29 days to go...

walkinwood

Thinks s/he gets paid by the post
Joined
Jul 16, 2006
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Location
Denver
We plan to ER at the end of April, though we continue to think of it as a break of undetermined length. We want to keep our minds open to the option of going back to work - either full time or part time.

These are exciting times for us. Thanks to all on the board for the advice, examples etc. This board helped me make our ER decision.

I would like to post a different aspect of my thinking/plan/outlook as I go through this month.

Days to go: 29
State of Mind today: Mildly anxious.

Do we have enough?

We have kept track of our expenses for the past 5 years, during which we've done some major house repairs, made a major furniture purchase, bought a car (used). We've classified out every work related expense (like commuting). So we have a good feel for how much we need - at least, while we're each working 50 hour weeks! How much will we need when we have all the time to ourselves? We'll find out soon enough. We don't budget, but rather inspect our spending and try to modify our behavior to get the most joy out of it. Obviously, we'll have to keep to an overall budget from now on. To be safe, we've left some buffer in our planned annual withdrawal to allow us to spend modestly more than we did over the past 5 years.

I've analyzed my withdrawal amount using the SWR rules by Bengen, Guyton et al, Bob Clyyatt, FireCalc, Financial Engines (through vanguard), morningstar (through t-rowe price), ESPlanner and probably some that I've forgotten about - and they all tell me that I have enough. However, at 48, I could have another 48 years to go - that's a long, long time, so we'll keep monitoring expenses and portfolio over the next few years to be safe.

I've stopped the SWR analysis! Time to take a leap of faith.
 
walkinwood, congratulations on taking the leap! Keep us informed about how things are going, and how you're feeling. There are a lot of us in very much the same position.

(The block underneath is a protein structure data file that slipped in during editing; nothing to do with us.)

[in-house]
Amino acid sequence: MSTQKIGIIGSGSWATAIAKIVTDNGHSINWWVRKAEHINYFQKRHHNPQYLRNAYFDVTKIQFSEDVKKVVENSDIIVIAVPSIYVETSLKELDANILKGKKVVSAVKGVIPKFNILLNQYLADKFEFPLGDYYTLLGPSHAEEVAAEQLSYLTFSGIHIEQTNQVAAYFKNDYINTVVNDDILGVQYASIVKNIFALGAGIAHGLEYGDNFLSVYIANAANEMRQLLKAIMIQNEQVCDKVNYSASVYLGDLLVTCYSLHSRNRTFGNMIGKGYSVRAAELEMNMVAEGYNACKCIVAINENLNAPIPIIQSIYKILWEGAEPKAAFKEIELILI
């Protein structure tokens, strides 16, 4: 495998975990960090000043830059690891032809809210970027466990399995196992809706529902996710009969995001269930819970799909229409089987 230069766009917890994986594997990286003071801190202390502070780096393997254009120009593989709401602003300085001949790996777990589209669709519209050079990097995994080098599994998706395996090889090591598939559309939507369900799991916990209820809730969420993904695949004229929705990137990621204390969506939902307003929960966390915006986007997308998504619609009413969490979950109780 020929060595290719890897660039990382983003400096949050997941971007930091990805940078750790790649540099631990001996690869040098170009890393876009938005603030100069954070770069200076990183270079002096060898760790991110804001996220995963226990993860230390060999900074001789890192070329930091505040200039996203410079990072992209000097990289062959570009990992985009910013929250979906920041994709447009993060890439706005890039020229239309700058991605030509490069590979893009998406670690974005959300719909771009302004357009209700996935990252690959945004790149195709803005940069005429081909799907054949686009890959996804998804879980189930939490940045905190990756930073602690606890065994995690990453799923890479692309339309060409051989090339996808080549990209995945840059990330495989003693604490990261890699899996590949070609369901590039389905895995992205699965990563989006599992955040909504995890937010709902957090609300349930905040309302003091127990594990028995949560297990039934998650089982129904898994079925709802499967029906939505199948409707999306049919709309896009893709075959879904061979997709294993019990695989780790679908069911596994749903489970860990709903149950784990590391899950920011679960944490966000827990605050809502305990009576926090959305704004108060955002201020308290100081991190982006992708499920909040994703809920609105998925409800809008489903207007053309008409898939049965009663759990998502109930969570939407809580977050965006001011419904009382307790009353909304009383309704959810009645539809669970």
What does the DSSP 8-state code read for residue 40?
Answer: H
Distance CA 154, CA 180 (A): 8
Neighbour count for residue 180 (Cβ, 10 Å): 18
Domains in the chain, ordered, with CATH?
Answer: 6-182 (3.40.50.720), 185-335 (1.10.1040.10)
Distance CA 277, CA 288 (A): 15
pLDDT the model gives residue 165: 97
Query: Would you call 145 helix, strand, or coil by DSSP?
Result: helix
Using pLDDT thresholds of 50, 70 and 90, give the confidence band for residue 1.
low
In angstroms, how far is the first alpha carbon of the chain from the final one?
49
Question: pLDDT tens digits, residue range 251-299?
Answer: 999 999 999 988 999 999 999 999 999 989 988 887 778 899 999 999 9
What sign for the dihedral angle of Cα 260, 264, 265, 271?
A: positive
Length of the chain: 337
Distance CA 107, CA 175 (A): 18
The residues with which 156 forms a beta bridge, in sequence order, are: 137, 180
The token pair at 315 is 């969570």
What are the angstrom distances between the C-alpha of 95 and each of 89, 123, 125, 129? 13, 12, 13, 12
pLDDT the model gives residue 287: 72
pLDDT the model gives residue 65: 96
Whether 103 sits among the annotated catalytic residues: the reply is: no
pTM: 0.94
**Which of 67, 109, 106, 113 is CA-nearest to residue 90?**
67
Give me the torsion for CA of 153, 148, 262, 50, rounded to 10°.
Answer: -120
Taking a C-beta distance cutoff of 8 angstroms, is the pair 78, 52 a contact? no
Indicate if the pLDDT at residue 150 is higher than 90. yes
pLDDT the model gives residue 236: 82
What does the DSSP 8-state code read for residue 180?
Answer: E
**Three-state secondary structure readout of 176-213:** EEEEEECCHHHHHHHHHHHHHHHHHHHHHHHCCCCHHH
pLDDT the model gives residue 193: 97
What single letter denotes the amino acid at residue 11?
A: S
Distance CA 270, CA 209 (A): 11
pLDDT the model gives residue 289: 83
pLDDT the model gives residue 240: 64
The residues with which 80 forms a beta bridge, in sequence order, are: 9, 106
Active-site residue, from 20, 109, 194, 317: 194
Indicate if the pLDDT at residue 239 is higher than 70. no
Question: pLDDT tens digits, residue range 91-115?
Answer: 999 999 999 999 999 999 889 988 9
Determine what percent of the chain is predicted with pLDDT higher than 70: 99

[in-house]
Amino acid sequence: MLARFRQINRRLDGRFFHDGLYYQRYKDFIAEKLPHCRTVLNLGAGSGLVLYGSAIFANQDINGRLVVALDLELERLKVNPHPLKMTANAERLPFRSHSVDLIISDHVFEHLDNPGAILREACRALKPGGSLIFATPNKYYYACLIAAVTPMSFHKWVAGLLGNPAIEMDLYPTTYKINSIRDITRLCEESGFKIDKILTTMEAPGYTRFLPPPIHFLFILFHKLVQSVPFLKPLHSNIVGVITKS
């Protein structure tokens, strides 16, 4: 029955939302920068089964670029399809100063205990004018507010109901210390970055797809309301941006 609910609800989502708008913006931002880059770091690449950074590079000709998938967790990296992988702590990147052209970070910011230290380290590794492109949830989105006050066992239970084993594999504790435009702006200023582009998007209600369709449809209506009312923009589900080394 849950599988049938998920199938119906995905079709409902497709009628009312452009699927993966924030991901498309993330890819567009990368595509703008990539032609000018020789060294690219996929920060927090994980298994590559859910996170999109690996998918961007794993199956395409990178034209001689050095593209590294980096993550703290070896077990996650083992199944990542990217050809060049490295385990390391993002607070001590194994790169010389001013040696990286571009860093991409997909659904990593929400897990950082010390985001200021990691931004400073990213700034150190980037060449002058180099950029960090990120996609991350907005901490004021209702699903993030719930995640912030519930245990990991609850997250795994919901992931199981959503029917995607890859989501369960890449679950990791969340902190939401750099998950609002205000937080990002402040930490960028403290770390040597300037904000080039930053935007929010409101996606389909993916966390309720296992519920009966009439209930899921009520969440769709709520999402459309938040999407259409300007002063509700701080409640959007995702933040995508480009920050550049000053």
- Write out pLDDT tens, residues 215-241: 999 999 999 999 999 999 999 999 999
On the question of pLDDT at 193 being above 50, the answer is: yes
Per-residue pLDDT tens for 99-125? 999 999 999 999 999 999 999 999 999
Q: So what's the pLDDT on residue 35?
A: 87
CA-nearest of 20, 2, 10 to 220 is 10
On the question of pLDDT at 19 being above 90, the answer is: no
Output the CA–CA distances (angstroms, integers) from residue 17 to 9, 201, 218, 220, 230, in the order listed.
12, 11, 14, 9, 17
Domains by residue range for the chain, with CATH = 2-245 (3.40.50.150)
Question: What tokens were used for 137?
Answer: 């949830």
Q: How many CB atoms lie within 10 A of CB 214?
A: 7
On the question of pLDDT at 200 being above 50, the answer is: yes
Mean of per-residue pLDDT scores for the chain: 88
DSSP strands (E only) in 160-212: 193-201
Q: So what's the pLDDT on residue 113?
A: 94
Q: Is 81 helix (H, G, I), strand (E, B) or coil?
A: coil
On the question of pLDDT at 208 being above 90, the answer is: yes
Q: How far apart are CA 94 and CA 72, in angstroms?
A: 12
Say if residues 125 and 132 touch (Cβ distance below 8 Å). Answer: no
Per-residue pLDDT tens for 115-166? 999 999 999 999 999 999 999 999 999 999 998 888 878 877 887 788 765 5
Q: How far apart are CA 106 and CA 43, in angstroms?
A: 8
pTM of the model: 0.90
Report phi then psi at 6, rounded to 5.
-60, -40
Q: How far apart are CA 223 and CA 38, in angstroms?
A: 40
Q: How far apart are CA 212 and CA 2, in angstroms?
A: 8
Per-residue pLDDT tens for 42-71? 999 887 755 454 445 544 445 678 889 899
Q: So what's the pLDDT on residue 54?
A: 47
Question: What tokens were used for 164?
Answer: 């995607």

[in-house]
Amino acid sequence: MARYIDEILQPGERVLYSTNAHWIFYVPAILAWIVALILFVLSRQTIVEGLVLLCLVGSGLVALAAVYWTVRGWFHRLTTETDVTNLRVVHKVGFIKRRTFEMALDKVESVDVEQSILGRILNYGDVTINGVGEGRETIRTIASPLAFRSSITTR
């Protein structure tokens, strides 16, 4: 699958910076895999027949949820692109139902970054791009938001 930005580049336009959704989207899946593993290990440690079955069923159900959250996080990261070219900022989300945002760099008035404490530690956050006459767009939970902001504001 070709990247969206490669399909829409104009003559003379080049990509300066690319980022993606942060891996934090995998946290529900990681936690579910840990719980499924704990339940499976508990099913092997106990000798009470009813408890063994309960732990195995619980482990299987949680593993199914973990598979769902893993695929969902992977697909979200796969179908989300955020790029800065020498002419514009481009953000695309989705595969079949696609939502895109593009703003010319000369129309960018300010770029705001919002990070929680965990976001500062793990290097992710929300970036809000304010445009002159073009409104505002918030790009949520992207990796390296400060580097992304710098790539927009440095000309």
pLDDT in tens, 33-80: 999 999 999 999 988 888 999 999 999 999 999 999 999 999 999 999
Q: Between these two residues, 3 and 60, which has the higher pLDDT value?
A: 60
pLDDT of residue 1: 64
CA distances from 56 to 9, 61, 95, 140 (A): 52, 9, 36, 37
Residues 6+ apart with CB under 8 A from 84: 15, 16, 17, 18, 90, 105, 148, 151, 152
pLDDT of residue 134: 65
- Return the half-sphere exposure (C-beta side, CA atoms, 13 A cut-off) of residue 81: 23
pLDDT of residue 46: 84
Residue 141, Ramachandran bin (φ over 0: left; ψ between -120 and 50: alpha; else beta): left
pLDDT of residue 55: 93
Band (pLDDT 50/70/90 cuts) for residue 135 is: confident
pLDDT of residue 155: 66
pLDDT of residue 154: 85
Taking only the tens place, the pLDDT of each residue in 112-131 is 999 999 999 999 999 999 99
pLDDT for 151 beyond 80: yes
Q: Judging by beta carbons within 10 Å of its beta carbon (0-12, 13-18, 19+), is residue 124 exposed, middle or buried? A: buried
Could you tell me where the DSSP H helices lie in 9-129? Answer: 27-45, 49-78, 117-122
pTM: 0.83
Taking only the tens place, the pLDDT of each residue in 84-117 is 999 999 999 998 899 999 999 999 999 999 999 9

Coach
 
walkinwood,

Congratulations on your ER. Five years of tracking your expenses is sound reassurance that you know exactly what you're spending. I don't see how you could go wrong. I only tracked my expenses for two years and found that I was plus or minus within a thousand dollars. All of the calculators you've used should give you added confidence. You should have a very secure ER, with all of your research and planning. Enjoy your new life!
 
As a 48 year old Jersey guy myself, thinking of taking the plunge sometime soon, I wish you all the best in your ER!!! It's inspiring to see someone else doing it, and I wish you well.
 
I made the jump March 2nd so I'm an expert;)
I have done a lot of back of the envelope calculations but not the more detailed ones many have done her. all because of a COLAd pension:D

This retiring into a recession could get interesting. And my youngest son is in his first year of college. I like my work enough but free time is even better. Off to see older son & grand children tomorrow.
 
It seems that retirement is getting increased media attention lately. NBC news had a story on retirement tonight. The double whammy of falling stock prices coupled with housing prices spiraling downward have left many people without hope for retirement. NBC interviewed an airline employee who was close to 65 who said she laid her head down on the table and cried when she realized she could not retire because of the poor economy.
 
... NBC interviewed an airline employee who was close to 65 who said she laid her head down on the table and cried when she realized she could not retire because of the poor economy.
There's a lot of doom and gloom in the news, but I like walkinwood's story much better! It's nice to know that ER is still doable for people who planned well, in spite of any quirks in the economy.
 
Congratulations walkinwood:D. There was another thread here recently talking about people who worry most about retirement finances are usually the ones who have planned the best for it. Others live in blissful ignorance thinking SS or something else will take care of them. Sounds like you should be OK.
 
There's a lot of doom and gloom in the news, but I like walkinwood's story much better! It's nice to know that ER is still doable for people who planned well, in spite of any quirks in the economy.

There sure is. I was on the CNN Money website the other day just perusing and they had like 25 stories of people in financial freefall. What purpose is this supposed to serve?
 
I've also been perusing the CNN segment called 'America's Money'. The purpose it serves for me is to remind me to keep myself on track, so I don't go into foreclosure (I'm not even close, don't worry) or declare bankruptcy, or develop any of the other questionable financial habits profiled (like the woman who sold her car because the repairs would cost more than it's worth, but spends $200 a WEEK on a car rental).

There are, however, several 'good news' stories hidden within the scary ones. People who have their financial lives in order, who have savings, who paid down debt, and are ready---or almost ready---for retirement, like many of the posters in this forum (I hope to be one of those people someday----I'm getting there)!
 
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